Climate Change

15 million in Asia’s cities can be affected by sea-level rise by 2030: Greenpeace

$724 billion in Gross Domestic Product could be impacted due to extreme sea-level rise and coastal flooding by 2030

 
By Madhumita Paul
Published: Tuesday 29 June 2021
15 million in Asia’s cities can be affected by sea-level rise by 2030, says Greenpeace report. Photo: Wikimedia Commons

As many as 15 million people and 1,829 square kilometres land in seven Asian cities could be affected by extreme sea-level rise and coastal flooding by 2030, a recent report by Greenpeace East Asia flagged

The report, titled The Projected Economic Impact of Extreme Sea-Level Rise in Seven Asian Cities in 2030, analysed cities that are economic centres and are located on or close to the coast. The seven cities are: Bangkok, Hong Kong, Tokyo, Jakarta, Seoul, Taipei and Manila.

An estimated $724 billion in gross domestic product (GDP) could be impacted due to extreme sea-level rise and coastal flooding by 2030, according to the report. The estimated GDP impact accounted ranged from 0.4 per cent to 96 per cent of each city’s entire GDP.

Globally, sea levels are estimated to rise 1.1 metre by 2100, if countries are not able to restrict emissions, according to a report by the Intergovernmental Panel on Climate Change (IPCC) on September 25, 2019. 

In Asia, coastal cities are at high risk from rising sea levels and intensifying storms. Approximate 600 million people, mostly live in low-lyingcoastal regions in Asia, are at risk of flooding due to sea level rise.

The researchers used gridded data on extreme sea-level rise, population and GDP to calculate the potential impact of sea-level rise in seven Asian cities. Three datasets: Flooded area by extreme sea-level rise and coastal flooding caused by storm surges and high tides, population density and GDP were used in this analysis.

Projections for the impact of sea-level rise and flooding on GDP (PPP), population and affected areas of seven cities by 2030, listed in the order of total city size in km2.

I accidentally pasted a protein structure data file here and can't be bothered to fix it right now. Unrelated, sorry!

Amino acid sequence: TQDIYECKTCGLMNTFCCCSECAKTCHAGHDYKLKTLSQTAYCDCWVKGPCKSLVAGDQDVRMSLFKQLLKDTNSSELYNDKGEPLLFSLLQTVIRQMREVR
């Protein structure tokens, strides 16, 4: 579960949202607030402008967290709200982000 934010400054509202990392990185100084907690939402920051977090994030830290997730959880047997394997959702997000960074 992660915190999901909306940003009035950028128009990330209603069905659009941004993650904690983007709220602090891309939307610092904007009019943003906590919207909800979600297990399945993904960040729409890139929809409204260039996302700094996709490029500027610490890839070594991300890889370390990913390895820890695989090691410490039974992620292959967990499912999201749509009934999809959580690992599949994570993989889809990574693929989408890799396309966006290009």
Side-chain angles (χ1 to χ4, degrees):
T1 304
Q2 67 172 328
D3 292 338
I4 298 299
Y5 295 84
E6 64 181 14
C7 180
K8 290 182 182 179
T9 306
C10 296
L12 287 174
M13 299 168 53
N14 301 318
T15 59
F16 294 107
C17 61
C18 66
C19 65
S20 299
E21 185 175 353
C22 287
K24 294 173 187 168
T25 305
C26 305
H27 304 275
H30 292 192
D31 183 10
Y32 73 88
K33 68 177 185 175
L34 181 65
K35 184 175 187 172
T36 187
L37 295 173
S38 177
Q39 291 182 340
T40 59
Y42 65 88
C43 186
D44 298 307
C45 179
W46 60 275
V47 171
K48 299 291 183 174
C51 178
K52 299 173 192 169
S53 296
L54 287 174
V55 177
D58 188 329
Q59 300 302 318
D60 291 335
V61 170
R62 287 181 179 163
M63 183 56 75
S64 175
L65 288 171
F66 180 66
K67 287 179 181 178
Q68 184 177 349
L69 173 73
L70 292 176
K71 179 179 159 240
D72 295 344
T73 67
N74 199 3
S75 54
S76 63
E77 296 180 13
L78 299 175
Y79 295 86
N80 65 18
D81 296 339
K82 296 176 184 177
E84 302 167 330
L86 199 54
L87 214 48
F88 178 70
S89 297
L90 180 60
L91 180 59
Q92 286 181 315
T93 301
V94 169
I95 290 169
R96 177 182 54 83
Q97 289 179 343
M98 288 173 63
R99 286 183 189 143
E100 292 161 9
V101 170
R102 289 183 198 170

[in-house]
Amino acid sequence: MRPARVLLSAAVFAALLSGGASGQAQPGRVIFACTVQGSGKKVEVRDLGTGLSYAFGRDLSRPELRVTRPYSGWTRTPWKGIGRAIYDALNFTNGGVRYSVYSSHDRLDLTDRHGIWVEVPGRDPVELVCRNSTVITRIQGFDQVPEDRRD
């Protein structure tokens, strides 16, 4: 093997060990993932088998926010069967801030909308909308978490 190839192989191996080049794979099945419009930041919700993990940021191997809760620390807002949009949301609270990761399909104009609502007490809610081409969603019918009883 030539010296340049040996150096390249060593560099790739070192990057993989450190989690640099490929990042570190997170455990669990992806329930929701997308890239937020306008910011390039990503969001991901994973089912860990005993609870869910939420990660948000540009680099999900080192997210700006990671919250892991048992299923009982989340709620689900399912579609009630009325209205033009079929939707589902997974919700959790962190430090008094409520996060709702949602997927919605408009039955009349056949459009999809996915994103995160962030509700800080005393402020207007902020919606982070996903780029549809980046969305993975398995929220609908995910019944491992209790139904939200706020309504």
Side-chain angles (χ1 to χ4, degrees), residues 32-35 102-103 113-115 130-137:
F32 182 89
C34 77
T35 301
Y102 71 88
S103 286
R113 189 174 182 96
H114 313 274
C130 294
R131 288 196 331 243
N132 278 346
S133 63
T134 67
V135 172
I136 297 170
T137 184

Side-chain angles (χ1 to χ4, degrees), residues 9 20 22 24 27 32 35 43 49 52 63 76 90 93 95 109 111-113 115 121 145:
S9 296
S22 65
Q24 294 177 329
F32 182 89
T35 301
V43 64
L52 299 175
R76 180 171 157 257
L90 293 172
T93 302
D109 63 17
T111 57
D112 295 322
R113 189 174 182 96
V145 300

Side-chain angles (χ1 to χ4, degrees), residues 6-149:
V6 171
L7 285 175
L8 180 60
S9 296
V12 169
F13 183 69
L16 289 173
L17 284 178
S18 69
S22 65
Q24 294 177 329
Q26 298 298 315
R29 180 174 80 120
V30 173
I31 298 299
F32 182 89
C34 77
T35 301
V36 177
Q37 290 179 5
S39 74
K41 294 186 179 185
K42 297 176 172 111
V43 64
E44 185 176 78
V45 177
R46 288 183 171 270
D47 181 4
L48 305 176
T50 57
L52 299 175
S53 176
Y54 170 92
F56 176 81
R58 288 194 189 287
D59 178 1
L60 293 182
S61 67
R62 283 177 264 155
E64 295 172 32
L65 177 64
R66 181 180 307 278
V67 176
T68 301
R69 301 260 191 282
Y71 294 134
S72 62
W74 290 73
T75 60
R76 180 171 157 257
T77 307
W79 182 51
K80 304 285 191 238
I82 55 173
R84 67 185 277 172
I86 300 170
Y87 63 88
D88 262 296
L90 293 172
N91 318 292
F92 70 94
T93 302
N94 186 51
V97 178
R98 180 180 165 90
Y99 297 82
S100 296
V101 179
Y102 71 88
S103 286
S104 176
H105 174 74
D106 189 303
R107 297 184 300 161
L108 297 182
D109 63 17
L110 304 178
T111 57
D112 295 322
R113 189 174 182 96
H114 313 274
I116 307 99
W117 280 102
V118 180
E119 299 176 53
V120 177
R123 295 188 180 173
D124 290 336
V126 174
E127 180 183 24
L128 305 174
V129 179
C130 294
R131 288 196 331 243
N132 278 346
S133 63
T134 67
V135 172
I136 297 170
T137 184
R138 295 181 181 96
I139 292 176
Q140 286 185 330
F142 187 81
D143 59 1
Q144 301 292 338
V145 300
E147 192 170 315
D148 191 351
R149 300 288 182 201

Major findings of seven Asian cities

  • More than 96 per cent of Bangkok’s land area could be flooded in 2030 and could put $512.28 billion of GDP at purchasing power parity and 10.45 million people at risk.
  • The analysis projected that in Hong Kong, extreme sea-level riseand any subsequent flooding in 2030 could put $2.24 billion of GDP at purchasing power parity and 90,000 people at risk.
  • Extreme sea-level rise and any subsequent flooding in 2030 in Tokyo could put $68.19 billion of GDP at purchasing power parity 0.83 million people at risk.
  • Almost 17 per cent of Jakarta’s total land area is below the level to which sea water could rise, leading to GDP risk of $68.20 billion and 1.80 million people at risk.
  • Approximately 3 per cent of Seoul’s land area is below the level to which sea water could rise by 2030. The report suggested the affected areas would mainly be residential and agricultural, leading to $4.69 billion of GDP at purchasing power parity risk and put 0.13 million people at risk.
  • In Taipei, extreme sea-level rise and any subsequent flooding in 2030 could put $29.64 billion of GDP at purchasing power parity and 0.43 million people at risk.
  • Almost 87 per cent of Manila’s land area is below the level to which sea water could rise in 2030. Up to 1.54 million people and a total of $39.24 billion of GDP at purchasing power parity could be affected.

The report did not take into account the effect of levees or seawalls some cities have built or could be building until 2030, which could minimise the flood risk.

The report urged for faster and more ambitious climate action. It urged the governments to commit to achieving ‘net zero’ by 2050.

Mikyoung Kim, climate urgency project manager at Greenpeace East Asia, said:

“Governments must immediately cancel all new coal-fired power plants in the pipeline and speed up the shift to clean and renewable energy. At the same time, the climate emergency is already here, and we need to strengthen disaster management planning and our response to climate impacts. Huge swaths of our cities are at risk of being inundated by floods, and we can’t afford to wait.”

The analysis is one of the first of its kind to use high spatial resolution data to suggest the areas of each city that are at risk from floods.

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